Heather Staas wrote:
Fascinating. More research needed.. off to follow the links and websites in this thread...
Nature composts all over the place, farmers often obtain benefits by composting in specific locations. Compost piles generate heat, so showers, green houses and animal shelters often benefit from concentrated compost piles rather than random deposits by wandering animals. The Quaker Barn had entrances at each level so the farmer never worked against gravity to put hay up in the hayloft and then fork it down. Animals walked in on the middle level and their feces fell to the lower level often with the aid of the farmer. The heat from the lower level kept the barn warm and the animals in one place.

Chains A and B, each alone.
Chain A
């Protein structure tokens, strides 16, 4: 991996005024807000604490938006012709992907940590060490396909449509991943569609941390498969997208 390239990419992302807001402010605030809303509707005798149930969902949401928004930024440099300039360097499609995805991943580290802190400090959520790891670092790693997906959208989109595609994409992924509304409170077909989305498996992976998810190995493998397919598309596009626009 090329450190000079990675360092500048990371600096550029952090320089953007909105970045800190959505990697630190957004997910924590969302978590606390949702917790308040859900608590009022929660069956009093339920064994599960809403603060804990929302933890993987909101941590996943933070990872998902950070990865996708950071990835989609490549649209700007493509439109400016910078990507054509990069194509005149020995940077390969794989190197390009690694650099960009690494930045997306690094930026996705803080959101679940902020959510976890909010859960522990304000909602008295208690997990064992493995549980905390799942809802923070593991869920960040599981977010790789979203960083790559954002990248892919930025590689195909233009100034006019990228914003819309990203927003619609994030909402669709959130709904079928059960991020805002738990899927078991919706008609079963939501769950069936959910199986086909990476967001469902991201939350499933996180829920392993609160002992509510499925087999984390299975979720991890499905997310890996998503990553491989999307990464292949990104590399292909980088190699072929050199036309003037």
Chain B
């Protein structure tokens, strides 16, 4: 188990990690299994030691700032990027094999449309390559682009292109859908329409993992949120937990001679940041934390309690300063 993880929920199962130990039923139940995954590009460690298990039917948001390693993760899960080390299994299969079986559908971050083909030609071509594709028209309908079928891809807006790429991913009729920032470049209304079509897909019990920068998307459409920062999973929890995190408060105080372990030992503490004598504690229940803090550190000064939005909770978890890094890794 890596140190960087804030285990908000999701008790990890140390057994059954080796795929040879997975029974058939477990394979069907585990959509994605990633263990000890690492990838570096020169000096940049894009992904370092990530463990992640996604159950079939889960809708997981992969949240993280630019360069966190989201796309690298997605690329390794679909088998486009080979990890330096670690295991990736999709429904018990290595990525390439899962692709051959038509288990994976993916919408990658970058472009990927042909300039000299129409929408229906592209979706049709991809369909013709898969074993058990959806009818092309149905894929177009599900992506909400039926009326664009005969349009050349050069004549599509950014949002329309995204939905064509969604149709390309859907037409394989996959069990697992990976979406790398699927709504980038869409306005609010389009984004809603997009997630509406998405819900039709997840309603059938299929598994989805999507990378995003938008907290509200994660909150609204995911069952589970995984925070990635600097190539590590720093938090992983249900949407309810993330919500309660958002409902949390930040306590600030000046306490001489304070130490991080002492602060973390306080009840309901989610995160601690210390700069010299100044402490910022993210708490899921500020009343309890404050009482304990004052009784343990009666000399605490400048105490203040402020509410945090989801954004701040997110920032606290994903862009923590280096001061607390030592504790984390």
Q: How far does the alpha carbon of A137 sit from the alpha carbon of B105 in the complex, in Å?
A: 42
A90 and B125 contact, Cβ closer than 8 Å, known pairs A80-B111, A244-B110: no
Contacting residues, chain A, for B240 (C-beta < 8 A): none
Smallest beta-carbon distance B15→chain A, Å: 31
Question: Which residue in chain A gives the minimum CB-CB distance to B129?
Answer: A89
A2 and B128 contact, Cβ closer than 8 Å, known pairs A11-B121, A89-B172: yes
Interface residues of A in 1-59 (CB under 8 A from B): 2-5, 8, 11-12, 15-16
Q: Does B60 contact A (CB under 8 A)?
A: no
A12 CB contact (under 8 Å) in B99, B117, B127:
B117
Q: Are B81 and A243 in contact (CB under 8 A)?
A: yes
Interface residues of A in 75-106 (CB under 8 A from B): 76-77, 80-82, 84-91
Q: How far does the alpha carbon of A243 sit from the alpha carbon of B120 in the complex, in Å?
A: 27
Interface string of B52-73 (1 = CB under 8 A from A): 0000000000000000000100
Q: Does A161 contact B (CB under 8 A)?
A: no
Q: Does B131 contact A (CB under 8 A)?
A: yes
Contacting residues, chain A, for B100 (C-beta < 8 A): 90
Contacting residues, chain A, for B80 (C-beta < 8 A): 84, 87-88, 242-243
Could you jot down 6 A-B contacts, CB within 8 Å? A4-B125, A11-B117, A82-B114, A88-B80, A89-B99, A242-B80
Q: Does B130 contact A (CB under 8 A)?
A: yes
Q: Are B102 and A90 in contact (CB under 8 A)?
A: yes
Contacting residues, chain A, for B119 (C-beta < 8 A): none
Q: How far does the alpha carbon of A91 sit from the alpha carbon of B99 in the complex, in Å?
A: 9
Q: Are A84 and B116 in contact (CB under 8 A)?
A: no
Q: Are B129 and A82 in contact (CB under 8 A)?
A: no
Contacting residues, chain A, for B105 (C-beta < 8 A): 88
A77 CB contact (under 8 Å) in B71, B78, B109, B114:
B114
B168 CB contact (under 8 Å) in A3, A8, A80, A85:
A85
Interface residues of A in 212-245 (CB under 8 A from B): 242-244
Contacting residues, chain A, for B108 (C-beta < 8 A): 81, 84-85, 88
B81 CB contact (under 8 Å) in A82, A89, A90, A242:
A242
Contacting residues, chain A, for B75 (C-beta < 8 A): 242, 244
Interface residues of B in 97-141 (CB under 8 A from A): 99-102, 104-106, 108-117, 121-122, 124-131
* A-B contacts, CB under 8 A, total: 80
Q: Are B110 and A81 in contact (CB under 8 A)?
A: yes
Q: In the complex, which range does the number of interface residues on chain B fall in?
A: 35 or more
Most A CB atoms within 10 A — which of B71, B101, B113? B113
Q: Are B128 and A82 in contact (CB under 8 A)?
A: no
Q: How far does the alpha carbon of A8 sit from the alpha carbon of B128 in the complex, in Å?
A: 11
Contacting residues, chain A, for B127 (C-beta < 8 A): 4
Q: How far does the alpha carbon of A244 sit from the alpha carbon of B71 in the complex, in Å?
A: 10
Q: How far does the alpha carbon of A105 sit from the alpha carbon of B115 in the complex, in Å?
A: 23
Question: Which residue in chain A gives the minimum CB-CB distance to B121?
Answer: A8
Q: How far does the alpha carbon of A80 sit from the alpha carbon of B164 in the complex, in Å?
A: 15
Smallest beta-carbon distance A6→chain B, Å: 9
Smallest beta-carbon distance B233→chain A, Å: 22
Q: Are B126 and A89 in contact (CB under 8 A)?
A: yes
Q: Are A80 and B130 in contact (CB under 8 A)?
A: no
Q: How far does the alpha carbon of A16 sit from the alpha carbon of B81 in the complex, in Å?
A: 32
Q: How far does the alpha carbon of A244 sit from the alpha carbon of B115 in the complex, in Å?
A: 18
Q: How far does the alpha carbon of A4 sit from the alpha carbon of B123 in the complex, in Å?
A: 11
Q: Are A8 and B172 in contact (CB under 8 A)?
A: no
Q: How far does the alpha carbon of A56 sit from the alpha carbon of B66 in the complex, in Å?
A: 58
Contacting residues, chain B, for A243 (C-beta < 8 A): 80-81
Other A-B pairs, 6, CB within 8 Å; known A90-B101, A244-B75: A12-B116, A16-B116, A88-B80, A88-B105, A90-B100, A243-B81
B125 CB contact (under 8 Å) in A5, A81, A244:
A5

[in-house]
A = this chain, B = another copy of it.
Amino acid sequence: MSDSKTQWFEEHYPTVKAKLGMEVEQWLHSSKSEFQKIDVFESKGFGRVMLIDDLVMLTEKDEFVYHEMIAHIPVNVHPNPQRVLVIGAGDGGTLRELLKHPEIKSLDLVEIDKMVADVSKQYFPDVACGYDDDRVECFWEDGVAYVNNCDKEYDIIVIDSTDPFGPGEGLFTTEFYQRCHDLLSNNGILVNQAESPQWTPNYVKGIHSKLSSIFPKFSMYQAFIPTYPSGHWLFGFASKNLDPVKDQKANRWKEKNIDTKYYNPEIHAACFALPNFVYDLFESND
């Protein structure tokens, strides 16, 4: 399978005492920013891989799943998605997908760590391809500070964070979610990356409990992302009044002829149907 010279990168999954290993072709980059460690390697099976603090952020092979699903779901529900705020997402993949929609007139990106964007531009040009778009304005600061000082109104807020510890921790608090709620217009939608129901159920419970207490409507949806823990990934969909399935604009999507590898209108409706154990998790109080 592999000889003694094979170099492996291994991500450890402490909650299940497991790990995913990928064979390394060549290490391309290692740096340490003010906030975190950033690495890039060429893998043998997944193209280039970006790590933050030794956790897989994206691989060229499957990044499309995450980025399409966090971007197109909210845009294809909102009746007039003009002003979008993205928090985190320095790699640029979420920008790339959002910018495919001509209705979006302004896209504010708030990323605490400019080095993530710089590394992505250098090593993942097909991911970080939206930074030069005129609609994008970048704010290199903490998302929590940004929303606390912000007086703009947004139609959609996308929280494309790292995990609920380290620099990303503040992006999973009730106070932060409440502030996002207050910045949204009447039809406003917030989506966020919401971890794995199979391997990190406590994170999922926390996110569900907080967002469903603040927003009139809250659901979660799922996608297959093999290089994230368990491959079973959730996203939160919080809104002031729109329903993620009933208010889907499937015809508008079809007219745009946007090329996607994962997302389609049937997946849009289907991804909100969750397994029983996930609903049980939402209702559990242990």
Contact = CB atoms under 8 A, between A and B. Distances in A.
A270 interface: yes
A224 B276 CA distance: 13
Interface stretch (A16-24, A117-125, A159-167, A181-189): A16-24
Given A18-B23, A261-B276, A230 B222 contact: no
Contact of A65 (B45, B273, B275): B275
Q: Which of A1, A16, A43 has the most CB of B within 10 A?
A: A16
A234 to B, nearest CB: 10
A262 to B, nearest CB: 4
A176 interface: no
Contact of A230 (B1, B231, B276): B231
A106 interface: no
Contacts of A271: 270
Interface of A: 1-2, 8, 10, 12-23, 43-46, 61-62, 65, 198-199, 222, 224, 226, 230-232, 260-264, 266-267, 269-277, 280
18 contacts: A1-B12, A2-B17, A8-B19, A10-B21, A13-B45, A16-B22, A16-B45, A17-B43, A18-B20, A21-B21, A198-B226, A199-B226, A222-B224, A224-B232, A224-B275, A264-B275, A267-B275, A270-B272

TCLynx Hatfield wrote:Well just because the farm might not have "compost Piles" doesn't mean the farm doesn't have compost. Organic Mulch is essentially composting. Anything organic you drop on the ground will eventually break down. So mulching is composting. Letting the chickens have a garden bed for a season before moving them on and growing a cover crop is composting in a sense.
Xisca Nicolas wrote:Some diets are very close one to the other, which I believe is the case with paleo, GAPS and Wahls diets.
I would like to discuss about their common points, and then their differences, may be to help decide what to do...
Whoever wishes to correct and complete this is more than welcome!
Rather than learning to be both a cooper and a wainwright, it might be easier to contact a large Science Supply firm that can sell you a wide variety of glass flasks and bowls. One advantage is you can order them graduated, that is with measuring amounts indicated on the glassware. They are built to withstand the effects of acid so there would not be any leaching, however this would also avoid drawing in a good many flavors that you might get if you did actually use barrels.
tel jetson wrote:you could always take up cooperage and make some yourself.